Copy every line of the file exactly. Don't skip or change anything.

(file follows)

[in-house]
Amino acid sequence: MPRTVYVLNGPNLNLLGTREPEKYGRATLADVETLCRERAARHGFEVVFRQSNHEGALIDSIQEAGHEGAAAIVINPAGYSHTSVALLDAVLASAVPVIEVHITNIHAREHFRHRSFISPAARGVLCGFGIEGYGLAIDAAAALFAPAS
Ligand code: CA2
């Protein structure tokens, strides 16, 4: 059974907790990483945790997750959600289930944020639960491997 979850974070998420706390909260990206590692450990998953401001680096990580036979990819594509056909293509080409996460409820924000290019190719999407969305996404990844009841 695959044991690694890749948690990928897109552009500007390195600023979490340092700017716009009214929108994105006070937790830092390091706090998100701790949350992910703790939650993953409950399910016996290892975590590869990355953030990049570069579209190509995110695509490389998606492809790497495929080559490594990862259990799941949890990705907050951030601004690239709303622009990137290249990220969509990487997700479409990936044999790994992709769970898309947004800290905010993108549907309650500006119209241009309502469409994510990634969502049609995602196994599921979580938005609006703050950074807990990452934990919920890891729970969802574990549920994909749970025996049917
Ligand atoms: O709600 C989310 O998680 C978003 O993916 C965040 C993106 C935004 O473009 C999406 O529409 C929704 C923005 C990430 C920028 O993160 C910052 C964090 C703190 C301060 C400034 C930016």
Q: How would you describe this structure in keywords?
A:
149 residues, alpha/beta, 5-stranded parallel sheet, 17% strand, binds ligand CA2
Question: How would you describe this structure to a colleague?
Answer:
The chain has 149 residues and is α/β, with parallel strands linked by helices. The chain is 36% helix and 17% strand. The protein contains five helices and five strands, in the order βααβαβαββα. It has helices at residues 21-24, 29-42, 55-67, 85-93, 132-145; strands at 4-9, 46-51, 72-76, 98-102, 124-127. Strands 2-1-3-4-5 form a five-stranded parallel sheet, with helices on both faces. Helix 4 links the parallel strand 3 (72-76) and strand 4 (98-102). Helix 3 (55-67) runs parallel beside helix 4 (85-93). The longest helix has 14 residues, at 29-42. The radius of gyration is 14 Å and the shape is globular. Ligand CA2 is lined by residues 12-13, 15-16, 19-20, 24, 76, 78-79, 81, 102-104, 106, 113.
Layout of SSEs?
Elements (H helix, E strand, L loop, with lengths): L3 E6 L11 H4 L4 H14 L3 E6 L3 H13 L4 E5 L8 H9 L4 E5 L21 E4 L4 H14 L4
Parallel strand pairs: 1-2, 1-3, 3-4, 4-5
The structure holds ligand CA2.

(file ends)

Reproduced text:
[in-house]
Amino acid sequence: MPRTVYVLNGPNLNLLGTREPEKYGRATLADVETLCRERAARHGFEVVFRQSNHEGALIDSIQEAGHEGAAAIVINPAGYSHTSVALLDAVLASAVPVIEVHITNIHAREHFRHRSFISPAARGVLCGFGIEGYGLAIDAAAALFAPAS
Ligand code: CA2
């Protein structure tokens, strides 16, 4: 059974907790990483945790997750959600289930944020639960491997 979850974070998420706390909260990206590692450990998953401001680096990580036979990819594509056909293509080409996460409820924000290019190719999407969305996404990844009841 695959044991690694890749948690990928897109552009500007390195600023979490340092700017716009009214929108994105006070937790830092390091706090998100701790949350992910703790939650993953409950399910016996290892975590590869990355953030990049570069579209190509995110695509490389998606492809790497495929080559490594990862259990799941949890990705907050951030601004690239709303622009990137290249990220969509990487997700479409990936044999790994992709769970898309947004800290905010993108549907309650500006119209241009309502469409994510990634969502049609995602196994599921979580938005609006703050950074807990990452934990919920890891729970969802574990549920994909749970025996049917
Ligand atoms: O709600 C989310 O998680 C978003 O993916 C965040 C993106 C935004 O473009 C999406 O529409 C929704 C923005 C990430 C920028 O993160 C910052 C964090 C703190 C301060 C400034 C930016």
Q: How would you describe this structure in keywords?
A:
149 residues, alpha/beta, 5-stranded parallel sheet, 17% strand, binds ligand CA2
Question: How would you describe this structure to a colleague?
Answer:
The chain has 149 residues and is α/β, with parallel strands linked by helices. The chain is 36% helix and 17% strand. The protein contains five helices and five strands, in the order βααβαβαββα. It has helices at residues 21-24, 29-42, 55-67, 85-93, 132-145; strands at 4-9, 46-51, 72-76, 98-102, 124-127. Strands 2-1-3-4-5 form a five-stranded parallel sheet, with helices on both faces. Helix 4 links the parallel strand 3 (72-76) and strand 4 (98-102). Helix 3 (55-67) runs parallel beside helix 4 (85-93). The longest helix has 14 residues, at 29-42. The radius of gyration is 14 Å and the shape is globular. Ligand CA2 is lined by residues 12-13, 15-16, 19-20, 24, 76, 78-79, 81, 102-104, 106, 113.
Layout of SSEs?
Elements (H helix, E strand, L loop, with lengths): L3 E6 L11 H4 L4 H14 L3 E6 L3 H13 L4 E5 L8 H9 L4 E5 L21 E4 L4 H14 L4
Parallel strand pairs: 1-2, 1-3, 3-4, 4-5
The structure holds ligand CA2.